Film review: Lincoln
Steven Spielberg has done a great service to history with his latest masterpiece, Lincoln
In January, Daniel Day-Lewis will win his third ‘Best Actor’ Academy Award for his role as President Abraham Lincoln. Many will cite the casting of Hollywood’s notorious method actor as yet another stroke of genius by director Steven Spielberg, but there was only ever one option. Only an actor who immerses himself in his role as intensely as Day-Lewis was ever fit to play the 16th President of the United States.
Films about historical figures such as Lincoln often fall short. In recent years we have seen films with exceptional story-lines, lead actors, and directors fail to produce the classic that the source material suggested. There is, of course, a challenge of meeting expectations, but the historical biography is often overwhelmed by its subject, and falls into the trap of trying to yank at the audience's heartstrings for two and a half hours. Clint Eastwood's woeful Invictus is a particularly obvious recent example
Based upon Team of Rivals, the bestselling book that helped redeem the tainted reputation of Doris Kearns Goodwin, Spielberg’s Lincoln lives up to all the hype. While the movie itself ticks all the boxes that you would expect from a Spielberg production, the performance of its lead elevates it to an entirely new level of excellence. For those who have exhausted their DVD players watching the Academy Award-winning There Will Be Blood, Day-Lewis has done the impossible and outdone his performance as Daniel Plainview.
The role itself was always going to be a challenge. With Lincoln, history has the tendency to put him on a pedestal and portray him as a Christ-savior sent by providence to rescue the United States from the sickness of slavery and the inevitability of dissolution. Deliberate or not, the movie certainly has the occasional glimpse of light from The Heavens; it’s what we have come to expect.
And yet it also has so much more. In Lincoln we see not just the Great Emancipator, but the war president, the calculating politician, the suspender of habeas corpus, as well as the grieving father and depressive. It makes, dare I say it, the Father Abraham the United States has come to revere almost human.
Far from simply inspiring the House of Representatives to pass the 13th Amendment, Spielberg goes to great lengths to demonstrate how Lincoln used raw politicking, promises of political patronage, and, at times, sheer dishonesty to cement his legacy. It’s simply the politics that we know today, proof positive that the political Dark Arts were far from a 20th century invention and played a fundamental role in enlightening, rather than just corrupting, our political system. Lincoln may not have been the second coming, but he certainly possessed a distinct political acumen that up until recently has gone under-reported.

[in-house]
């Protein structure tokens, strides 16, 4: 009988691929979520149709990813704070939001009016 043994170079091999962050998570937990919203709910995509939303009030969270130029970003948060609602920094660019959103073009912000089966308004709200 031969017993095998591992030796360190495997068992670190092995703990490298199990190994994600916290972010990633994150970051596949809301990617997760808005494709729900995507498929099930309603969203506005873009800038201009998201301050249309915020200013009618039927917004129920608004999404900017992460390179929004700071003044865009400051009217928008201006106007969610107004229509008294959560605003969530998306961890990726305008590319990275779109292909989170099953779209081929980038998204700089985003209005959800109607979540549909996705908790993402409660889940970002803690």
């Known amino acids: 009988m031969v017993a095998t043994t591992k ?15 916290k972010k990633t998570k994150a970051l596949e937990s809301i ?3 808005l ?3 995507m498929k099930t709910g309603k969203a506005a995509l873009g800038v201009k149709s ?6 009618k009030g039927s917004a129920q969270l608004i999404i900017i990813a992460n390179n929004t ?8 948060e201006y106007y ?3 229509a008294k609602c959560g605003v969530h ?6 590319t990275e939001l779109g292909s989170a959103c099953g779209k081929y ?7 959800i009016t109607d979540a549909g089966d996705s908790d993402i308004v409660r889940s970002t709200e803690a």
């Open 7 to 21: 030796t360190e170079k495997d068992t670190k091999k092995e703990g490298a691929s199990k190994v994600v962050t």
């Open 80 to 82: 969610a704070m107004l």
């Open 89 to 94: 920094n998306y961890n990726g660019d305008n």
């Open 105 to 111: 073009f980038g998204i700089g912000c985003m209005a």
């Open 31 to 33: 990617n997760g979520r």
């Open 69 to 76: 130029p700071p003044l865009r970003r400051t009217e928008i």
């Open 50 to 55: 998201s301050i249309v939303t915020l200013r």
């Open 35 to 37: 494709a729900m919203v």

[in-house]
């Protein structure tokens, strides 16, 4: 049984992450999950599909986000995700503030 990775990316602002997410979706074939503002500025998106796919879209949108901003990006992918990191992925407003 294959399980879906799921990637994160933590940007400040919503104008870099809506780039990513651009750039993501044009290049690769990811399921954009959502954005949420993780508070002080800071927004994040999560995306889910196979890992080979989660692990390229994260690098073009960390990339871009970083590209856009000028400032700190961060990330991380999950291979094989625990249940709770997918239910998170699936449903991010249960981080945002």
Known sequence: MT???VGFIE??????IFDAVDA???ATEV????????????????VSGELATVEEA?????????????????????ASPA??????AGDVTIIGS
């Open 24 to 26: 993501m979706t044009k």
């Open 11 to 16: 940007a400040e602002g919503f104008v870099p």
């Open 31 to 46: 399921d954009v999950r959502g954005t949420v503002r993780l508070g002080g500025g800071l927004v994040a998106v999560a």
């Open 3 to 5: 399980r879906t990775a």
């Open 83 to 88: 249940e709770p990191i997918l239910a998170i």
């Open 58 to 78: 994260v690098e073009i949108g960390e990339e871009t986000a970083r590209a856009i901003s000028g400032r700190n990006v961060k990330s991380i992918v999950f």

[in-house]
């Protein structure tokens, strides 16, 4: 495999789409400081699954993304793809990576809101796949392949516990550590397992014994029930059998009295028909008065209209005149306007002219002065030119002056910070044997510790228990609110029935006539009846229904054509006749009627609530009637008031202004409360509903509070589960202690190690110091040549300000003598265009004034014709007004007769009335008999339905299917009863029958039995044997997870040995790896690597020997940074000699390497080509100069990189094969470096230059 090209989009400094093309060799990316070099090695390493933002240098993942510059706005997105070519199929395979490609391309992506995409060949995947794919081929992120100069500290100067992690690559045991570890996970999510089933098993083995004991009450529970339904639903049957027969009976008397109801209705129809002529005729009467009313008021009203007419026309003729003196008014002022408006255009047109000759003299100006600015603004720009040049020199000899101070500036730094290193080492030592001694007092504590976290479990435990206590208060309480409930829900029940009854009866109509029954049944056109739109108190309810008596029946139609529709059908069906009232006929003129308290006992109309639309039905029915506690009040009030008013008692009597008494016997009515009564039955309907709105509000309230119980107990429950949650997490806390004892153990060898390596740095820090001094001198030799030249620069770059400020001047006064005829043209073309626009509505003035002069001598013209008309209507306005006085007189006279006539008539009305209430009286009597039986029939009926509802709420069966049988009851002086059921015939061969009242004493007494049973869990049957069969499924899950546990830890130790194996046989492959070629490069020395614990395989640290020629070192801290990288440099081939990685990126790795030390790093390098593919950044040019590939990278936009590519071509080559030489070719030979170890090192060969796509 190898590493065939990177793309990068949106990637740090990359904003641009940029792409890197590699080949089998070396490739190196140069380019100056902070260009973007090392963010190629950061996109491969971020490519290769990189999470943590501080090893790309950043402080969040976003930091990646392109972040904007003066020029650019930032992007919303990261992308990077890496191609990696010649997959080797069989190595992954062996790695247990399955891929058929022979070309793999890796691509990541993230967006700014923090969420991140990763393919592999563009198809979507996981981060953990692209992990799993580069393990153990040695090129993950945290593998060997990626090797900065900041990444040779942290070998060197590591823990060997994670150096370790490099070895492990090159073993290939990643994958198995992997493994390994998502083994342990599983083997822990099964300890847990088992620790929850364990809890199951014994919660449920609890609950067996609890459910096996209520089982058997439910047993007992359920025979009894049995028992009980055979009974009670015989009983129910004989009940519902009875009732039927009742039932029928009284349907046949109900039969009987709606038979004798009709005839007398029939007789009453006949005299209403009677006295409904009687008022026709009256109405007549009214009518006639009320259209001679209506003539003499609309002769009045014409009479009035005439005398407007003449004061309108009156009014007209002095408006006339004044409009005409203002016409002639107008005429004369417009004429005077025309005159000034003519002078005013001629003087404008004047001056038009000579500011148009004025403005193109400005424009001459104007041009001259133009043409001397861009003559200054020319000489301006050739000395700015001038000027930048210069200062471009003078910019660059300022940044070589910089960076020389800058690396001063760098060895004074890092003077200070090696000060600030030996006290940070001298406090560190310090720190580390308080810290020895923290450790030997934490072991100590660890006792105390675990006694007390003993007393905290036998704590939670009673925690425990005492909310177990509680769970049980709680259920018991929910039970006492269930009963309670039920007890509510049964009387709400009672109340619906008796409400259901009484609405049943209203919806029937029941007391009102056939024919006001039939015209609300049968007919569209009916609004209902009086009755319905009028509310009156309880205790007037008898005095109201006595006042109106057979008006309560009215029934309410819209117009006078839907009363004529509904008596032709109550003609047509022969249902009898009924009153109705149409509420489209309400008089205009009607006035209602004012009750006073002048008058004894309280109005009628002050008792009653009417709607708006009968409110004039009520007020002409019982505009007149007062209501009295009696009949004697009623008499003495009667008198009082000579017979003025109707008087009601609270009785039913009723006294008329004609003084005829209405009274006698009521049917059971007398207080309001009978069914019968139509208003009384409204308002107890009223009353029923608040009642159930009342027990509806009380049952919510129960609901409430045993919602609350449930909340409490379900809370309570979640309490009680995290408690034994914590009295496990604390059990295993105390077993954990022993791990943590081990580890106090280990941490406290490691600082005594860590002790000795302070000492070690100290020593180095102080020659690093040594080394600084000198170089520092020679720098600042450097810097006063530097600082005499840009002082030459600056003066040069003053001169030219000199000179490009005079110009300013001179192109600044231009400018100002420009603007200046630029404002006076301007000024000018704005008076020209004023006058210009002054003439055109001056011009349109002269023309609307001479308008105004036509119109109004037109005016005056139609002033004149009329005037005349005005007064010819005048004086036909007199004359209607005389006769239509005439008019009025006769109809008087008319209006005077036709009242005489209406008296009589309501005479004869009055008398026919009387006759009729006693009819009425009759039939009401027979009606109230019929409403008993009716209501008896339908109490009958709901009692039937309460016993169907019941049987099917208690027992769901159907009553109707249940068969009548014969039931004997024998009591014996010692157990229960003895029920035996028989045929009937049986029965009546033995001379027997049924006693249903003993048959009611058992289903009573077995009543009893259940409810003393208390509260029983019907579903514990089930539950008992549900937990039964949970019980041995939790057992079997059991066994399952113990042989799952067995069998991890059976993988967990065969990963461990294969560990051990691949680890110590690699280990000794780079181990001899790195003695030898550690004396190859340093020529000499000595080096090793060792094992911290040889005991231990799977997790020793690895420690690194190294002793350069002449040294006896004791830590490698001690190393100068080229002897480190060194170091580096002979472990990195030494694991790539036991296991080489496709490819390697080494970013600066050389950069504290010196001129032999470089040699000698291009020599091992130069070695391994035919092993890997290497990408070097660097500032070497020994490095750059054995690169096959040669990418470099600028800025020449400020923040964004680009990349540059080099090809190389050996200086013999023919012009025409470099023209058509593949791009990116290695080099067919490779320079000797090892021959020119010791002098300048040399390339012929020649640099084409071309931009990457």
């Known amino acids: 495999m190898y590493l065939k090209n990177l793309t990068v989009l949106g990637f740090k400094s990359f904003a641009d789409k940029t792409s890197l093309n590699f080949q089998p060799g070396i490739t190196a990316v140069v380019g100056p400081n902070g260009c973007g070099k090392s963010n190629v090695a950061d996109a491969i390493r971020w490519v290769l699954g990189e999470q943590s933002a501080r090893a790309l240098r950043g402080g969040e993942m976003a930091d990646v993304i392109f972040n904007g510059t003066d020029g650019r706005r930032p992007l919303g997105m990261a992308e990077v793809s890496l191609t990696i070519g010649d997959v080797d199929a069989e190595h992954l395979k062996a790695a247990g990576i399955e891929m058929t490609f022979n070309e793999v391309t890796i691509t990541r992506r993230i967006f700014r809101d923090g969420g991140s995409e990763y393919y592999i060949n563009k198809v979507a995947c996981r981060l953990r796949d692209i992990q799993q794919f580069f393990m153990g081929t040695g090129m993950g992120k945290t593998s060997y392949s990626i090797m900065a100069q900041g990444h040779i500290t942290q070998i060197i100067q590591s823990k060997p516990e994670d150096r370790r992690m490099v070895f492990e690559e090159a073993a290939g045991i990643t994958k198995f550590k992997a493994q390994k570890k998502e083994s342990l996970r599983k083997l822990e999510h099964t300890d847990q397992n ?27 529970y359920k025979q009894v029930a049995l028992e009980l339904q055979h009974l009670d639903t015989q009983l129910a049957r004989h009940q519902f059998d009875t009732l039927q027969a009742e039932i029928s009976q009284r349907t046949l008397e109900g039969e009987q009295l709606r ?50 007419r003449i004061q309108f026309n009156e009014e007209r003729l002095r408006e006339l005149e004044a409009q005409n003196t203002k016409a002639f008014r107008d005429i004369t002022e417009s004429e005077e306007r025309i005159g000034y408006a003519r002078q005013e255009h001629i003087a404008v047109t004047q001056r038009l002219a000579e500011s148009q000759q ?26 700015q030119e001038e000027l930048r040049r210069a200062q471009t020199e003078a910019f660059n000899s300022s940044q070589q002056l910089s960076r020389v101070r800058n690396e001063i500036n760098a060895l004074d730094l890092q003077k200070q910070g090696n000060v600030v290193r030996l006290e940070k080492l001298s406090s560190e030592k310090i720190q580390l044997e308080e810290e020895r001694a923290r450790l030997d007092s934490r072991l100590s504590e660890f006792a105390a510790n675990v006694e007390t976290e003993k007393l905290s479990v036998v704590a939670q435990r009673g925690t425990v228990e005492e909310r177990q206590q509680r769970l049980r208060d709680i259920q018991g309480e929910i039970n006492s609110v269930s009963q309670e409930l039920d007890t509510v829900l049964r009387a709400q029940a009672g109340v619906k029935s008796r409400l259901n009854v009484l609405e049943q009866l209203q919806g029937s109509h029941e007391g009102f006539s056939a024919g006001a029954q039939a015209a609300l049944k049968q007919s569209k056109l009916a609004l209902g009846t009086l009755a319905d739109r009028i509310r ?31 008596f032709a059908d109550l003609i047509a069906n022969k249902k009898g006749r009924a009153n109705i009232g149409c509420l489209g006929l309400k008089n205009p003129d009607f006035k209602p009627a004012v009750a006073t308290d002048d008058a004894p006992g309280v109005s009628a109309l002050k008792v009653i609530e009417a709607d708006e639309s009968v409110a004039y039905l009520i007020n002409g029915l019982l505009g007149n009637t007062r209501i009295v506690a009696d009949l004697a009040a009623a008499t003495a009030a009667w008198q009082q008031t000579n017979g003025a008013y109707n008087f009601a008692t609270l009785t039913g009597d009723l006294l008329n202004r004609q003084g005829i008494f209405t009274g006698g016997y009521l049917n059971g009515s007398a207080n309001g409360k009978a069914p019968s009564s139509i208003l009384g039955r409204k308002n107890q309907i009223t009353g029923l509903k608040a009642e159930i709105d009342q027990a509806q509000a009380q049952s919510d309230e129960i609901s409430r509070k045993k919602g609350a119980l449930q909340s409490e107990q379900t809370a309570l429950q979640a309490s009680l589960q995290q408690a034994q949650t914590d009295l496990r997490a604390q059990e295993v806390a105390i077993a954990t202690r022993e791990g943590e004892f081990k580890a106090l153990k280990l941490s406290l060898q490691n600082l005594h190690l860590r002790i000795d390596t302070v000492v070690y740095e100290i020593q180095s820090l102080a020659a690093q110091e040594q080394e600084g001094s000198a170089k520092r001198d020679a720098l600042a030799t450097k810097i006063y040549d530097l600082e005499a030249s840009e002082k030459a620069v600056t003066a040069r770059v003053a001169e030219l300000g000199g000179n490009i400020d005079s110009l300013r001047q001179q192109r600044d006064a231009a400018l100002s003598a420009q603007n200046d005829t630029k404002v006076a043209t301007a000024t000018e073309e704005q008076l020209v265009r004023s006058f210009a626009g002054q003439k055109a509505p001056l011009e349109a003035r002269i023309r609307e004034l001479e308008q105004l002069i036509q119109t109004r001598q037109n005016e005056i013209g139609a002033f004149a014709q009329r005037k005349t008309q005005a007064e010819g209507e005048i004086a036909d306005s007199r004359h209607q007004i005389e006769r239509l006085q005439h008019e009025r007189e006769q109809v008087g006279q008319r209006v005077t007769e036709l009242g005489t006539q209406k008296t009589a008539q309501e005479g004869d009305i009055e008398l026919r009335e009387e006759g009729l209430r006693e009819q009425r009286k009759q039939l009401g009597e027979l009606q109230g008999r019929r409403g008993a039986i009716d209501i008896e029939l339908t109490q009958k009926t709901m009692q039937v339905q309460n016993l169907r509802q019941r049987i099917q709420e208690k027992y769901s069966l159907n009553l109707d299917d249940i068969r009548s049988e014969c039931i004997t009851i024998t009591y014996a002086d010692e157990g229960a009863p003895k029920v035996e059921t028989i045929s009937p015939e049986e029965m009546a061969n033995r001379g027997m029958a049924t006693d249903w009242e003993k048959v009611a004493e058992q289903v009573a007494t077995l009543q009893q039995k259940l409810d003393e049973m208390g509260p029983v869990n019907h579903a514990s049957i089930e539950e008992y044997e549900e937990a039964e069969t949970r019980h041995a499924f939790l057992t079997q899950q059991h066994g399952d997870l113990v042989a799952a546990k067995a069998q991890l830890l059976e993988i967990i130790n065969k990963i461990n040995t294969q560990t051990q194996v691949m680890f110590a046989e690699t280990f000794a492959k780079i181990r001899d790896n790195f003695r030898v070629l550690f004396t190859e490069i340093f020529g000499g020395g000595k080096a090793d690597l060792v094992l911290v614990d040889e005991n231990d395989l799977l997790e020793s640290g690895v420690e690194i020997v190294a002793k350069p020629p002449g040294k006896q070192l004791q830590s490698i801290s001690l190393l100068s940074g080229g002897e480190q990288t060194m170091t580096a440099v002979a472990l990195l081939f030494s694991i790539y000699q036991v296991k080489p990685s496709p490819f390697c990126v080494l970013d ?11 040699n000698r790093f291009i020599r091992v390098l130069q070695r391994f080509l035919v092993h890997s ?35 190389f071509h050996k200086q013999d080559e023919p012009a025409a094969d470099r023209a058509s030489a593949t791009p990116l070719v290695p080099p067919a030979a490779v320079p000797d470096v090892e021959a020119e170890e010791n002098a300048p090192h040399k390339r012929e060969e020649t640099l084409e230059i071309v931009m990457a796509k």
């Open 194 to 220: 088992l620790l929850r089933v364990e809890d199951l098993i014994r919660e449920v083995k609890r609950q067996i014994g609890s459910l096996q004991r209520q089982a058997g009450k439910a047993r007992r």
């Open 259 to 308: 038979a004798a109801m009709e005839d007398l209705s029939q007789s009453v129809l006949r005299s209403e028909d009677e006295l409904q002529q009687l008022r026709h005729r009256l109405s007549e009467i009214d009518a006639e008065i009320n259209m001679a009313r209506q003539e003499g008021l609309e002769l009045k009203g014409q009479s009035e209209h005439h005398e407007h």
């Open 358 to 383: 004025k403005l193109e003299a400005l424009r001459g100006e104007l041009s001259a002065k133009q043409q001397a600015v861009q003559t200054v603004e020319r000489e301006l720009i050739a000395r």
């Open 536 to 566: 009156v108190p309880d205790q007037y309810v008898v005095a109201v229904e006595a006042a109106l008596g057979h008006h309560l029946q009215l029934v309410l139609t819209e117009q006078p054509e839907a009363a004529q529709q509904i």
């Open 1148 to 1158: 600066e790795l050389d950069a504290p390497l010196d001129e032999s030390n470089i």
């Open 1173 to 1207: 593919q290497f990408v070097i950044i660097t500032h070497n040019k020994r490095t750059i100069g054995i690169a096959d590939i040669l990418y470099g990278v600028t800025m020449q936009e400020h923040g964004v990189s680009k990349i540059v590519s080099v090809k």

Amidst the civics lesson, made all the more fascinating by the brilliant Tommy Lee Jones as Congressman Thaddeus Stevens, is the personal portrayal of Lincoln. Day-Lewis captures President Lincoln’s affection for solitude and his use of self-deprecation to cover what was likely a lifetime of melancholy, but certainly four years of constant sorrow and grieving.
This was made all the more painful by the deteriorating mental health – with good reason – of his wife Mary Todd Lincoln played by the exceptional Sally Field. The line from General Ulysses S. Grant towards the film’s conclusion regarding the president’s considerably aged features did not just emanate from the war, but also a story of private tragedy. With every scene the physical and mental exhaustion shows on Day-Lewis’ face.
With Lincoln it seems only appropriate that it has fallen to the greatest actor of his generation to depict a man still so revered in the United States. We know the famous face, frame, and characteristics, but with his life taking place before video footage America has had to resort to anecdotal evidence and comical depictions to get a gauge of the man himself.
Actors and actresses such as George C. Scott in Patton or Meryl Streep in The Iron Lady have delivered award-winning performances that have revived legacies or renewed interest in recently deceased or living icons. Day-Lewis on the other hand, with the pensive Hoosier accent, brings Lincoln to life. In one of the concluding scenes where the president leaves the White House for his ill-fated evening at Ford’s Theatre, it is hard not to feel moved by Day-Lewis’ awkward frame and gangly walk as he strides through the hallway of the White House.
As Lincoln continues to rack up tens of millions of dollars at the box office there will also be a flurry of articles attempting to dissect his presidency, particularly whether, as Commander-in-Chief, Lincoln abused his position and unnecessarily fought a war that could have been averted. There is certainly some truth in the former, less so in the latter. But whereas other directors might have been tempted to avoid addressing such contentious aspects of the Lincoln presidency through fear of being accused of smearing his legacy, Spielberg refuses to do so and as such has done a great service to history.
Ewan Watt is a Washington DC-based consultant. You can follow him on @ewancwatt
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